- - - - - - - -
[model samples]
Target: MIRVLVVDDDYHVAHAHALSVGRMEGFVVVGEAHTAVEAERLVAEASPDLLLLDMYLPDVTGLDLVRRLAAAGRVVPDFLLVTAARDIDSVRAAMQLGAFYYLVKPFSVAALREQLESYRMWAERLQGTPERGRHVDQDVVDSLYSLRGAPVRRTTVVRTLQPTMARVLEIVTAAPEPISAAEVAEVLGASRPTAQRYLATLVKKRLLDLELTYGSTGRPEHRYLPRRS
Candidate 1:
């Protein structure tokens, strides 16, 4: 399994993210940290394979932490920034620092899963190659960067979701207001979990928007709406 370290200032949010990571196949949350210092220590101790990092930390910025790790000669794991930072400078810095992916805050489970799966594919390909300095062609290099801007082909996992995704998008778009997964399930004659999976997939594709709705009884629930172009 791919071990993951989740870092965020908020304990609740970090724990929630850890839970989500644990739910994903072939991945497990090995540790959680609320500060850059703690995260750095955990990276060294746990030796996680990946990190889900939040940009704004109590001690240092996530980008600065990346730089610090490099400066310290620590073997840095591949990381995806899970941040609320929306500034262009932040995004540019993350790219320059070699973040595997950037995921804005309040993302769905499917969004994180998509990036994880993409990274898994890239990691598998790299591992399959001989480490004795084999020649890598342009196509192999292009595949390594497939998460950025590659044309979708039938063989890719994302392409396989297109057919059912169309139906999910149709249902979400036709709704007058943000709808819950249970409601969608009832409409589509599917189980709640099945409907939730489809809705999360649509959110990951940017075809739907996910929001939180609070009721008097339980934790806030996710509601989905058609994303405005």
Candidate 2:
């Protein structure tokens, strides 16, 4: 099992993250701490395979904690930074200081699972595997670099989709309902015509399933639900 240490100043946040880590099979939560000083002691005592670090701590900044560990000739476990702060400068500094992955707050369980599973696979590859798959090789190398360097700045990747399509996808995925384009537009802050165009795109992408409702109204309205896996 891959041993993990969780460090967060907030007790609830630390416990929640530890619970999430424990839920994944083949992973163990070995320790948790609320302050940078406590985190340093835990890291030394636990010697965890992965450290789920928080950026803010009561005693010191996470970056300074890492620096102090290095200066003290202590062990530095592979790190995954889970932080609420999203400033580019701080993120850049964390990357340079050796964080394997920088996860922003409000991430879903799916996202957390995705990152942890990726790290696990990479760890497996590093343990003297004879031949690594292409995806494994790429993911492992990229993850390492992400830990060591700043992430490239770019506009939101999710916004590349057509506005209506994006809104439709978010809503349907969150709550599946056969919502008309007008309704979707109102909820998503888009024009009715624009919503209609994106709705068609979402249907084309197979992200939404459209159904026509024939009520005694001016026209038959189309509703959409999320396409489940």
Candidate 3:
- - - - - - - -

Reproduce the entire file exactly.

[model samples]
Target: MIRVLVVDDDYHVAHAHALSVGRMEGFVVVGEAHTAVEAERLVAEASPDLLLLDMYLPDVTGLDLVRRLAAAGRVVPDFLLVTAARDIDSVRAAMQLGAFYYLVKPFSVAALREQLESYRMWAERLQGTPERGRHVDQDVVDSLYSLRGAPVRRTTVVRTLQPTMARVLEIVTAAPEPISAAEVAEVLGASRPTAQRYLATLVKKRLLDLELTYGSTGRPEHRYLPRRS
Candidate 1:
């Protein structure tokens, strides 16, 4: 399994993210940290394979932490920034620092899963190659960067979701207001979990928007709406 370290200032949010990571196949949350210092220590101790990092930390910025790790000669794991930072400078810095992916805050489970799966594919390909300095062609290099801007082909996992995704998008778009997964399930004659999976997939594709709705009884629930172009 791919071990993951989740870092965020908020304990609740970090724990929630850890839970989500644990739910994903072939991945497990090995540790959680609320500060850059703690995260750095955990990276060294746990030796996680990946990190889900939040940009704004109590001690240092996530980008600065990346730089610090490099400066310290620590073997840095591949990381995806899970941040609320929306500034262009932040995004540019993350790219320059070699973040595997950037995921804005309040993302769905499917969004994180998509990036994880993409990274898994890239990691598998790299591992399959001989480490004795084999020649890598342009196509192999292009595949390594497939998460950025590659044309979708039938063989890719994302392409396989297109057919059912169309139906999910149709249902979400036709709704007058943000709808819950249970409601969608009832409409589509599917189980709640099945409907939730489809809705999360649509959110990951940017075809739907996910929001939180609070009721008097339980934790806030996710509601989905058609994303405005």
Candidate 2:
């Protein structure tokens, strides 16, 4: 099992993250701490395979904690930074200081699972595997670099989709309902015509399933639900 240490100043946040880590099979939560000083002691005592670090701590900044560990000739476990702060400068500094992955707050369980599973696979590859798959090789190398360097700045990747399509996808995925384009537009802050165009795109992408409702109204309205896996 891959041993993990969780460090967060907030007790609830630390416990929640530890619970999430424990839920994944083949992973163990070995320790948790609320302050940078406590985190340093835990890291030394636990010697965890992965450290789920928080950026803010009561005693010191996470970056300074890492620096102090290095200066003290202590062990530095592979790190995954889970932080609420999203400033580019701080993120850049964390990357340079050796964080394997920088996860922003409000991430879903799916996202957390995705990152942890990726790290696990990479760890497996590093343990003297004879031949690594292409995806494994790429993911492992990229993850390492992400830990060591700043992430490239770019506009939101999710916004590349057509506005209506994006809104439709978010809503349907969150709550599946056969919502008309007008309704979707109102909820998503888009024009009715624009919503209609994106709705068609979402249907084309197979992200939404459209159904026509024939009520005694001016026209038959189309509703959409999320396409489940």
Candidate 3: